Panicked people are emptying supermarket shelves and stockpiling toilet paper. Hand sanitizer is impossible to find anywhere.
Is the impact of the fear and hysteria greater than the risk of the virus itself?
Doug Casey: Yes, very much so.
The virus itself is what we can call a first-order effect. I don’t want to spend much time talking about the flu itself because, even though worst-case numbers like a million deaths in the US are tossed around, it’s not the biggest problem.
The second-order effects - like the economy shutting down from hysteria - are actually much more serious.
The third-order effects - new laws and state action - will have the longest-lasting consequences. We can talk about them in a minute.
As far as the virus itself is concerned, I’m sure everybody has read lots of articles and listened to podcasts from experts. So knowledge—such as it is—about the virus is fairly widespread. Except very little is certain, even now. FWIW, I say that as a lifetime science aficionado, reading in many areas of science for years.
Just in the last generation, we’ve had hantavirus, the bird flu, swine flu, Zika, West Nile, MERS, SARS, and H1N1. We’ve also had anthrax—which everybody’s forgotten about. Of course, it’s a bacterial infection as opposed to a viral one. They’ve all had their day in the dark sun of mass hysteria.
The point I’m making is that there are thousands of viruses floating around. They mutate constantly. Most of them pass through the population and go viral, so to speak—and we never even notice that they exist.
Now this one is said to be ten times worse in terms of death rate than a normal flu. Is that true? It seems that if you get it, your odds of dying are much worse but still minimal. Normal seasonal cases of the flu kill maybe 50,000 people a year in the US. But we don’t even notice that.
So what’s the worst-case scenario regarding this virus?
Nobody really knows because it is a new virus. They’re still figuring it out, but maybe between 1% and 2% of the people who get it will die, mostly the old, the sick, and the obese. If you’re in one of those categories, you should take it very seriously.
The interesting thing about this virus is that very few have died so far, anywhere; the numbers would have been unnoticeable outside of the media hysteria. Not even a rounding error on a rounding error. The important thing is that it’s said to be spreading exponentially, doubling every three days or so. So maybe things will change radically in a week. Or not. It’s said at least 50% of the US population will get it, although 80% of them will be completely asymptomatic.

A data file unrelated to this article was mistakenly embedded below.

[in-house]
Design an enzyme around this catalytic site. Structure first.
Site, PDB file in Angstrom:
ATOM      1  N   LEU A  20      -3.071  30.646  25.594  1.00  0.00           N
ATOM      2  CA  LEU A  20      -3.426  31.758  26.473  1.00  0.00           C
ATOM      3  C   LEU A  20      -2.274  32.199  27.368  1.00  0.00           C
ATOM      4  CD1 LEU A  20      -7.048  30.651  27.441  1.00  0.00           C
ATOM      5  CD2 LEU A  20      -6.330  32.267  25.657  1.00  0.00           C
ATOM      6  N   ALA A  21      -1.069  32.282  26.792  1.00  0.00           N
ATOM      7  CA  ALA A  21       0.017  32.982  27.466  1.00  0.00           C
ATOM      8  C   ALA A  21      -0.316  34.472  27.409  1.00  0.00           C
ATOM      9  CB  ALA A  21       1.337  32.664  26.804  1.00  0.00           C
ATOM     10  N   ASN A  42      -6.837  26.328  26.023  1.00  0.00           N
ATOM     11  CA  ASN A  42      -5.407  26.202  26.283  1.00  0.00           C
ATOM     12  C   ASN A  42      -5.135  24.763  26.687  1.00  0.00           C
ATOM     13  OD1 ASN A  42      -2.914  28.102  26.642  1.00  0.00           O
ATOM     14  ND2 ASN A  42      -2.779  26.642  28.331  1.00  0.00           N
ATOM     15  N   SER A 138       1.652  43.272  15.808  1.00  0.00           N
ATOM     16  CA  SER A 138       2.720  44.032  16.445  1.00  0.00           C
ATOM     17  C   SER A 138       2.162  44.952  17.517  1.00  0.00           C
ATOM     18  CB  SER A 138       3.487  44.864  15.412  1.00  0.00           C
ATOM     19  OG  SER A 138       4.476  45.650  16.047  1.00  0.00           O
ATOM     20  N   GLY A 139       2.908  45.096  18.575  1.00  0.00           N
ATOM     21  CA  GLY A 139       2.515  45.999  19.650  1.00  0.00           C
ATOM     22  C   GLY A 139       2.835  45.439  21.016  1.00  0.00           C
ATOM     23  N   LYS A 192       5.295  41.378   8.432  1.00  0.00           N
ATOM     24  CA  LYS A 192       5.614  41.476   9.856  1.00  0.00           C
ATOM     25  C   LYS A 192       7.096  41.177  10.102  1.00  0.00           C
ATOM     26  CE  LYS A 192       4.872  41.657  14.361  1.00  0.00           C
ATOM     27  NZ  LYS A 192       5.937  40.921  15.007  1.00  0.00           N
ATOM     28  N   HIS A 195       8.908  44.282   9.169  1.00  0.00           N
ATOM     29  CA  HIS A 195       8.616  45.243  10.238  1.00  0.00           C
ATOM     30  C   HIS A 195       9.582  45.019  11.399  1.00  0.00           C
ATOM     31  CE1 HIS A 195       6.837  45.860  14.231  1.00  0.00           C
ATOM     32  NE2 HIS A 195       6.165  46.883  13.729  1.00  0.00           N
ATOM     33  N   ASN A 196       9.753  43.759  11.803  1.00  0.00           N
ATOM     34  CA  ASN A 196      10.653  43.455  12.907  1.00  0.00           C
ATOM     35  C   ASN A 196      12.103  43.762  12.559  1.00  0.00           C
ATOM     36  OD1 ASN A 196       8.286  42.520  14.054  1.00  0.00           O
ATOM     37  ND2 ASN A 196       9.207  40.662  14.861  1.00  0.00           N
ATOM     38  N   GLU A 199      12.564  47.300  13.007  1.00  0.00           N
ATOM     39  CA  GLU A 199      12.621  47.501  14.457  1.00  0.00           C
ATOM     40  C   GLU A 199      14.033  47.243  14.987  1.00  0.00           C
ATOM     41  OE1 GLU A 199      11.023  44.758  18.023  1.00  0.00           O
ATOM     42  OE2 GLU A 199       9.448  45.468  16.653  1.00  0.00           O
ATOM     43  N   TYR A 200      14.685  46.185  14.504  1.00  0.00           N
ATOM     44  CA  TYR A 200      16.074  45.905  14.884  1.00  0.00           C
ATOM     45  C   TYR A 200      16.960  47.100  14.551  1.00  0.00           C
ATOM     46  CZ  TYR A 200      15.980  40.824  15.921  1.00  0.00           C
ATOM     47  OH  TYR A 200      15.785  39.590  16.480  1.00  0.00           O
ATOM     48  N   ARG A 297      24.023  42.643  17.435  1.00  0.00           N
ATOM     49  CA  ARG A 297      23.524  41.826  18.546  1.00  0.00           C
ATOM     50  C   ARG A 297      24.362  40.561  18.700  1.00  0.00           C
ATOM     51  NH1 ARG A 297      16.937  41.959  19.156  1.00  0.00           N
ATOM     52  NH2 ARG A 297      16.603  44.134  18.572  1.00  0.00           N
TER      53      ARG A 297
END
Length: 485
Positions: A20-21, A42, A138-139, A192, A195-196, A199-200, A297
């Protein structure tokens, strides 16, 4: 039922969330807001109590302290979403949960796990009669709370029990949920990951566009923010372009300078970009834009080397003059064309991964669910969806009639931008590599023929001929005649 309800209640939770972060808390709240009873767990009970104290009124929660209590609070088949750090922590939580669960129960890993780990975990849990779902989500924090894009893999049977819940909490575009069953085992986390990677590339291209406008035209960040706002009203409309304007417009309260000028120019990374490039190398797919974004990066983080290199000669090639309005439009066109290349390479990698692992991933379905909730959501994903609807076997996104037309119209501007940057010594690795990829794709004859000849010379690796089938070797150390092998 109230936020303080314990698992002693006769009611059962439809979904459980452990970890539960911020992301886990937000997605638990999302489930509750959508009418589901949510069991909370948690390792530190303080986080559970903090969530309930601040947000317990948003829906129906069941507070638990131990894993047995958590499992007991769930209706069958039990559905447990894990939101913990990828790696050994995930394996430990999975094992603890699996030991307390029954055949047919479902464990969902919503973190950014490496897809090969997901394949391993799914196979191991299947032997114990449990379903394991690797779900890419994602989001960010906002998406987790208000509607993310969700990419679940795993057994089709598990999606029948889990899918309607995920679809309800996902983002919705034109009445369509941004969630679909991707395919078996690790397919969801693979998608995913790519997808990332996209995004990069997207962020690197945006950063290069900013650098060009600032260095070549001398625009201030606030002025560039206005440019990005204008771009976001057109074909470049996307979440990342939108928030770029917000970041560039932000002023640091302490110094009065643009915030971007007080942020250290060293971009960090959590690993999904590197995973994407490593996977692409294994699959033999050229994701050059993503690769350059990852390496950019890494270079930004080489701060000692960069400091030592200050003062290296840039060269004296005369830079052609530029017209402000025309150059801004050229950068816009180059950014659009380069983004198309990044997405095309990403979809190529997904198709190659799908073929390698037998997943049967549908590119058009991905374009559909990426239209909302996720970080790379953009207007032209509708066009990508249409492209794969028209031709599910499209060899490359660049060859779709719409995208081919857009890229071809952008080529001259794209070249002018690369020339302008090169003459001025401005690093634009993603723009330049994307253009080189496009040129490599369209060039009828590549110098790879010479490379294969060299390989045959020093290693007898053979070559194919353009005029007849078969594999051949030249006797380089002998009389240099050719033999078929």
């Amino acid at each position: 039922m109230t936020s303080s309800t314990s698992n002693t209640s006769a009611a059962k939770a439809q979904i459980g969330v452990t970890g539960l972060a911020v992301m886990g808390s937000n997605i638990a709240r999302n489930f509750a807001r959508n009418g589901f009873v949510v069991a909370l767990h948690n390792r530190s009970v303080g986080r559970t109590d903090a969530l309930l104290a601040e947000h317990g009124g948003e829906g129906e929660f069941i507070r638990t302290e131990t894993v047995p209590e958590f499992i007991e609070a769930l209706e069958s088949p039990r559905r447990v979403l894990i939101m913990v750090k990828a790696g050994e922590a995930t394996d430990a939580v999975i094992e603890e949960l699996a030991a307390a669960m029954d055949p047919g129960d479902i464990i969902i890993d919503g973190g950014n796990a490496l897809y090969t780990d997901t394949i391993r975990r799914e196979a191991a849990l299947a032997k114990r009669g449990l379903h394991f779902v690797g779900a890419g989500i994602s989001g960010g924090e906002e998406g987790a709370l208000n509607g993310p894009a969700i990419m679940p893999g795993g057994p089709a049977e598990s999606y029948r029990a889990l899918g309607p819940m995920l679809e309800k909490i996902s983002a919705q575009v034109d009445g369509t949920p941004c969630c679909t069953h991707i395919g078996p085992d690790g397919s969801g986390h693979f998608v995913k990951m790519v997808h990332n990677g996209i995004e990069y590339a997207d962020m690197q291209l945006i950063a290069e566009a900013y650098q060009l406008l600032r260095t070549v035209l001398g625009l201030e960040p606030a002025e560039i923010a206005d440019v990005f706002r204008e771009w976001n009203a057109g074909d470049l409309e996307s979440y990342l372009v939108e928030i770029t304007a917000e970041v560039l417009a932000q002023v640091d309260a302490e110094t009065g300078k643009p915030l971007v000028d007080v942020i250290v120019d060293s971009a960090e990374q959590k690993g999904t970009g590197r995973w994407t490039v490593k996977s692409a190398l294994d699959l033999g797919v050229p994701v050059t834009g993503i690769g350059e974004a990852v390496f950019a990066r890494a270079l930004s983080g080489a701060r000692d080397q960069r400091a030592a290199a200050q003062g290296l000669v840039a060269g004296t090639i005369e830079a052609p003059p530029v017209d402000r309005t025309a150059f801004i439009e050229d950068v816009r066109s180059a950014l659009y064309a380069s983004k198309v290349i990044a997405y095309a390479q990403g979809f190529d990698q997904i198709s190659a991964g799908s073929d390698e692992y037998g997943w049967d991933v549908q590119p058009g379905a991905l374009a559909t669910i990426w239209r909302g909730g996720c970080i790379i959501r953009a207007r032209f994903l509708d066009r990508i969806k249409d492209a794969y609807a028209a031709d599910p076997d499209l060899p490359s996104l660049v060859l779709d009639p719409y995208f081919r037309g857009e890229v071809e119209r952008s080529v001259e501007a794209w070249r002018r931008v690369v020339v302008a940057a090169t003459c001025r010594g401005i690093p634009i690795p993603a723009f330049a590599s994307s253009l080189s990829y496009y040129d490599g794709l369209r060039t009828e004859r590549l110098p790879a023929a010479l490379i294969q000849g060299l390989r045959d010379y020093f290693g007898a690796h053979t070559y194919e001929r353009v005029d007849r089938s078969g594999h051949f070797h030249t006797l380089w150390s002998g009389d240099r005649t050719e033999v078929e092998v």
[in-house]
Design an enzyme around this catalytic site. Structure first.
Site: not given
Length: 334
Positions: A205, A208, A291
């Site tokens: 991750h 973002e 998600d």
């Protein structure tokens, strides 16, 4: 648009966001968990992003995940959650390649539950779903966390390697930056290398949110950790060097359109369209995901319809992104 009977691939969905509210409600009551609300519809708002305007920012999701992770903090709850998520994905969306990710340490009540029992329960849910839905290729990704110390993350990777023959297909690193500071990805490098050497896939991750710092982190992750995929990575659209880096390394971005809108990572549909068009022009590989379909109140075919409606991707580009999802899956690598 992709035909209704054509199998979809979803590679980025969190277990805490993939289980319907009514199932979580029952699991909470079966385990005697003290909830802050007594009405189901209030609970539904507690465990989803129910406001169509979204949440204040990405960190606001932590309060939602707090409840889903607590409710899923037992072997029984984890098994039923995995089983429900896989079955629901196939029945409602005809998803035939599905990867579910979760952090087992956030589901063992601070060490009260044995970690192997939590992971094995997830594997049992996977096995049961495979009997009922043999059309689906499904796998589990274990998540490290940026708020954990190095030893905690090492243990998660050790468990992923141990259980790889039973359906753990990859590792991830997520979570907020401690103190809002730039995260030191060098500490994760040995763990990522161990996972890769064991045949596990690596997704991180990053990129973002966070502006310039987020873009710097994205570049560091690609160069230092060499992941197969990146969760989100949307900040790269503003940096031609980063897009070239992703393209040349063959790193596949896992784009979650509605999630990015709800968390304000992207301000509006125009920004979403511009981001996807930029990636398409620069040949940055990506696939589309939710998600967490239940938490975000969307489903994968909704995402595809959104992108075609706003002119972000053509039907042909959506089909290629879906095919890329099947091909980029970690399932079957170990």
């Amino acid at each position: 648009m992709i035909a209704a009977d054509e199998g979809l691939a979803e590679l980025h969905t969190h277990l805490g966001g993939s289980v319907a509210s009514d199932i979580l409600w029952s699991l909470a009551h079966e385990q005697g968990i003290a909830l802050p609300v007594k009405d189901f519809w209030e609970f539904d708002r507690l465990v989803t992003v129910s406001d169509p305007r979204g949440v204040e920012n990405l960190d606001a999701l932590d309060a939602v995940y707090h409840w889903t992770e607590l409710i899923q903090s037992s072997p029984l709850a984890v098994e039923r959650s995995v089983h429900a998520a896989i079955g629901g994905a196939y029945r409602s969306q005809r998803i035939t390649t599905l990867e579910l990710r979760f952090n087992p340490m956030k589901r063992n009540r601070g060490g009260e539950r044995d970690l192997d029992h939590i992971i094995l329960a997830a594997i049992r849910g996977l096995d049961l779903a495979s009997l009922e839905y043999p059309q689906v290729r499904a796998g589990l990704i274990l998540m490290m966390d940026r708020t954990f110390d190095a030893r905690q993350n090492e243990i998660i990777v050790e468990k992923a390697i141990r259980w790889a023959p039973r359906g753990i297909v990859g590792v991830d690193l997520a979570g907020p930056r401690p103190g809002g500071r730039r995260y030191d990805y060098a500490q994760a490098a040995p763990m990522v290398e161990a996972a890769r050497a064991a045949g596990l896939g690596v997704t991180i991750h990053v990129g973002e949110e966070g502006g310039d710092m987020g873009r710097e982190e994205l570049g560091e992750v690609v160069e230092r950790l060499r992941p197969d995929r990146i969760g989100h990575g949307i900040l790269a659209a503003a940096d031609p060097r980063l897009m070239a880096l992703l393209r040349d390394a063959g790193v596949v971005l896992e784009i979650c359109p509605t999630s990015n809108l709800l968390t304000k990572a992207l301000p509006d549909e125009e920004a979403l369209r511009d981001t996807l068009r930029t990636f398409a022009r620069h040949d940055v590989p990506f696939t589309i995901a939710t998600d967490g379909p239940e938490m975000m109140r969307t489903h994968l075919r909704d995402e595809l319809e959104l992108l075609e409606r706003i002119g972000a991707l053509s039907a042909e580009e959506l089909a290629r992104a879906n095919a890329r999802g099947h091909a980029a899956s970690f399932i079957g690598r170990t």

If you read all the conflicting reports from China, Italy, and other places, it’s pretty clear we don’t know much. There’s just one thing for absolutely certain: The world has been gripped by a genuinely titanic and insane hysteria.
Anyway, even the worst case from first-order effects - people dying - is being dwarfed by the second- and third-order effects. The important thing about this virus is not the first order of effects—people that it kills directly. It’s the consequences of the hysteria that it’s causing.
That’s what’s really serious.
International Man: What are the secondary or tertiary effects of the coronavirus?
Doug Casey: We just talked about the first-order effects of the virus. Death for a relatively small number of people. An unfortunate part of life on this planet.
Let’s talk about second-order effects. What the virus - or rather the hysteria surrounding it - is doing to people’s livelihoods.
Airlines are shut down. An airliner, all in, costs them $10,000 a day, whether they use it or not. Same, to some degree, for hotels. A restaurant closes down, but the owner still has to pay his mortgage. And the staff mostly lives on tips. How are they going to pay the rent—and if they don’t, then how’s the landlord going to pay his mortgage? The consequences of businesses shutting down, and going bust, are just huge.
For many years, the US has been what’s called a “service economy.” Most people don’t produce actual hard goods like houses, cars, food, and raw materials. We mostly do services. It’s a so-called “consumer economy.” A rather stupid concept actually—the term takes the emphasis off production and puts it on consumption.
When you have a depression, what happens?
Consumers cut back consumption to the very barest basics.
Services are the first to go. Hospitality and travel alone is supposedly ten percent of the world’s economy. People will now keep their cars for years, and maybe, sell the spare car. Forget about new wardrobes. The clothing and fashion businesses get slammed. Everyone will try to sell their big showy houses and get something practical.